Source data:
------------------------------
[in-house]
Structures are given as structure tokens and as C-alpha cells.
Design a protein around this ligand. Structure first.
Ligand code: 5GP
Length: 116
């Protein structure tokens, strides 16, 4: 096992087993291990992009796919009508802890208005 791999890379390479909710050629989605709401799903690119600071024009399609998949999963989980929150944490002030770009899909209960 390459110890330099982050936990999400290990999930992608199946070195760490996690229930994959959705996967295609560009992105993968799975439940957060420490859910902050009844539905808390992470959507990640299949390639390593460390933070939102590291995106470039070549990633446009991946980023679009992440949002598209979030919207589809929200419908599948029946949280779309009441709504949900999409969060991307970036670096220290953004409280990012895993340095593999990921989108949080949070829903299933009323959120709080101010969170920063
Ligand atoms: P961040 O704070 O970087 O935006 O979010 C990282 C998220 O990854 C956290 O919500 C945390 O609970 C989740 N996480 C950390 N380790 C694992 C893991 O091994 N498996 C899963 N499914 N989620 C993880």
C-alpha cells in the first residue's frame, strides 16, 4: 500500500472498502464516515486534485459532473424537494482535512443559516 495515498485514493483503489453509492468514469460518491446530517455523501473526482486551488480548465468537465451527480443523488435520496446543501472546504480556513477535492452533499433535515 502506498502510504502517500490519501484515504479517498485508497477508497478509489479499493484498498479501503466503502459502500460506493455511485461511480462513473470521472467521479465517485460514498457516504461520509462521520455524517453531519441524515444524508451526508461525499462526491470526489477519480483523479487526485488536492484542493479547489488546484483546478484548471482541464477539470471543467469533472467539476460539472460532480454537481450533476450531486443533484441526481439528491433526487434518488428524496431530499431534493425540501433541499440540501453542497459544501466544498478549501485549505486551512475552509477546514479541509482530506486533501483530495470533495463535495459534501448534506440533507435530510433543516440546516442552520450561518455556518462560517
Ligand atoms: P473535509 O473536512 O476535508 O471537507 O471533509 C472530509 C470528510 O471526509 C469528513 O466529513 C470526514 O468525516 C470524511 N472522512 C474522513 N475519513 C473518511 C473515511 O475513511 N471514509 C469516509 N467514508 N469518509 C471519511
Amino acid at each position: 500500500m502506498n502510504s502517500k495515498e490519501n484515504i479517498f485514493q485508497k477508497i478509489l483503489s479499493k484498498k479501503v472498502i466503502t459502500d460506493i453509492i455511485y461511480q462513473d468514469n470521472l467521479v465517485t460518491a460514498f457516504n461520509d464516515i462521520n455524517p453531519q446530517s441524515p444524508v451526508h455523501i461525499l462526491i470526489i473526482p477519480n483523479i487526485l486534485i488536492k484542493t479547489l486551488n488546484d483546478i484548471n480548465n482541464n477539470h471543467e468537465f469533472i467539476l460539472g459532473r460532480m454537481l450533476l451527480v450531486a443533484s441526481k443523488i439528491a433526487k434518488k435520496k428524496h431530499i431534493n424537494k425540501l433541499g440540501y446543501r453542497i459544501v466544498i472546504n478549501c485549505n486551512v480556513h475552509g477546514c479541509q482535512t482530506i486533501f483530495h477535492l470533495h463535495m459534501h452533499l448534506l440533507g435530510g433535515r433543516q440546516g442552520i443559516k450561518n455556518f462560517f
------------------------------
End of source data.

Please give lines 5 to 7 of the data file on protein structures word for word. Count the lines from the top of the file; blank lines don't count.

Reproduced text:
Length: 116
């Protein structure tokens, strides 16, 4: 096992087993291990992009796919009508802890208005 791999890379390479909710050629989605709401799903690119600071024009399609998949999963989980929150944490002030770009899909209960 390459110890330099982050936990999400290990999930992608199946070195760490996690229930994959959705996967295609560009992105993968799975439940957060420490859910902050009844539905808390992470959507990640299949390639390593460390933070939102590291995106470039070549990633446009991946980023679009992440949002598209979030919207589809929200419908599948029946949280779309009441709504949900999409969060991307970036670096220290953004409280990012895993340095593999990921989108949080949070829903299933009323959120709080101010969170920063
Ligand atoms: P961040 O704070 O970087 O935006 O979010 C990282 C998220 O990854 C956290 O919500 C945390 O609970 C989740 N996480 C950390 N380790 C694992 C893991 O091994 N498996 C899963 N499914 N989620 C993880």